Based on the inheritance pattern, lactose intolerance can be classified into congenital lactase deficiency and primary lactose intolerance. Congenital lactase deficiency is a rare condition caused by mutations in the LCT gene, leading to a complete absence of lactase activity. Primary lactose intolerance is more common and is caused by a gradual decrease in lactase activity during childhood or adulthood.

Testing for lactose intolerance can be done through clinical examinations and genetic testing. Clinical examinations may include a lactose tolerance test or a hydrogen breath test. Genetic testing can identify specific mutations in the LCT gene that are associated with lactose intolerance.

Advocacy groups and patient support organizations play an important role in raising awareness about lactose intolerance and providing support for individuals managing the condition. These organizations provide resources, information, and references to articles and research about lactose intolerance.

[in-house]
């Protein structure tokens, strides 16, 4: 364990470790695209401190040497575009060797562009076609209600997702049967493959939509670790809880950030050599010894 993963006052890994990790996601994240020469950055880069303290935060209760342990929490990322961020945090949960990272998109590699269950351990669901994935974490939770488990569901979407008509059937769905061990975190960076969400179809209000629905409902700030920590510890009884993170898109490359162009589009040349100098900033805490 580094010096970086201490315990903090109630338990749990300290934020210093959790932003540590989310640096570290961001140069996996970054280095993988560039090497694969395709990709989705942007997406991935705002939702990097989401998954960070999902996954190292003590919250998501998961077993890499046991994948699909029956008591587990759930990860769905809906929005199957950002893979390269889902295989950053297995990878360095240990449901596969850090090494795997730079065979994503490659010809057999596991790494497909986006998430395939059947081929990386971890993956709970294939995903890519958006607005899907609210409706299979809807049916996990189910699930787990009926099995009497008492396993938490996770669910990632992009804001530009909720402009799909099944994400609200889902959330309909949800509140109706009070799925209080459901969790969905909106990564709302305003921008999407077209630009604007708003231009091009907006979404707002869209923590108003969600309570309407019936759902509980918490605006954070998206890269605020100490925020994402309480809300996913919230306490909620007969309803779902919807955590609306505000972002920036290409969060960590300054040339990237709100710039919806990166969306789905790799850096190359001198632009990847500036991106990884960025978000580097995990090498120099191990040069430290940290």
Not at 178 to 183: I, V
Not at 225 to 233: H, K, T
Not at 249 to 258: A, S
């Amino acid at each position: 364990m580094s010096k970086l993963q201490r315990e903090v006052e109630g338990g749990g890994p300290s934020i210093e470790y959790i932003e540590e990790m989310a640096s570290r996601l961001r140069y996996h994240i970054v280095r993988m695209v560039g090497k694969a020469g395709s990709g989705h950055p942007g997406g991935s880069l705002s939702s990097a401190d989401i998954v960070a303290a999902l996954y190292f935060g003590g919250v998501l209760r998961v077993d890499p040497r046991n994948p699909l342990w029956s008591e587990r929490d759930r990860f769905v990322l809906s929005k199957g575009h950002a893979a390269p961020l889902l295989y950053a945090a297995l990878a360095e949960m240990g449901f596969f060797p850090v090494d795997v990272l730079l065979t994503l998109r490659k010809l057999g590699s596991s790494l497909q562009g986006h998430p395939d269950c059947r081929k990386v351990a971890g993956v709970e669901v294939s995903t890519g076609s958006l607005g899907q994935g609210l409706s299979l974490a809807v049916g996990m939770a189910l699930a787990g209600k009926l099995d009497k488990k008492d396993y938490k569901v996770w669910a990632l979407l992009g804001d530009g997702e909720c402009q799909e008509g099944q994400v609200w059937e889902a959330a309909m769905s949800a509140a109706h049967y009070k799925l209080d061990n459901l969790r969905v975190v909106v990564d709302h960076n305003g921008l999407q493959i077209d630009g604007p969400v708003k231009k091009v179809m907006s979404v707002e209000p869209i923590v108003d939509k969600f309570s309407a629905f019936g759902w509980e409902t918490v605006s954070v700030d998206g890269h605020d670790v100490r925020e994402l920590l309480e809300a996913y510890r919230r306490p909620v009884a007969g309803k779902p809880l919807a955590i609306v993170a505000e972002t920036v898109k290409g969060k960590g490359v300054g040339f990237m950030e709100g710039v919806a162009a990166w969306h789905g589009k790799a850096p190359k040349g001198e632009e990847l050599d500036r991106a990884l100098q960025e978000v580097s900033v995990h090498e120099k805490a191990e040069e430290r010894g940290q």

References:

  1. Jarvela I, Torniainen S, Kolho KL. Molecular genetics of human lactase deficiencies. Ann Med. 2009;41(8):568-75. doi: 10.1080/07853890903121068. PubMed PMID: 19585344.
  2. OMIM (Online Mendelian Inheritance in Man). MIM No. 223100. LACTASE PHENOTYPE. Available from: https://omim.org/entry/223100 [Accessed 14th September 2021]
  3. ClinicalTrials.gov. Lactose Intolerance [Internet]. Bethesda (MD): National Library of Medicine (US). 2000- [cited 2021 Sep 14]. Available from: https://clinicaltrials.gov/ct2/results?cond=Lactose+Intolerance&term=lactose+intolerance
  4. Genetic and Rare Diseases Information Center (GARD). Lactose intolerance. Available from: https://rarediseases.info.nih.gov/diseases/6884/lactose-intolerance [Accessed 14th September 2021]
  5. PubMed. LACTOSE INTOLERANCE. Available from: https://pubmed.ncbi.nlm.nih.gov/?term=lactose+intolerance [Accessed 14th September 2021]

Causes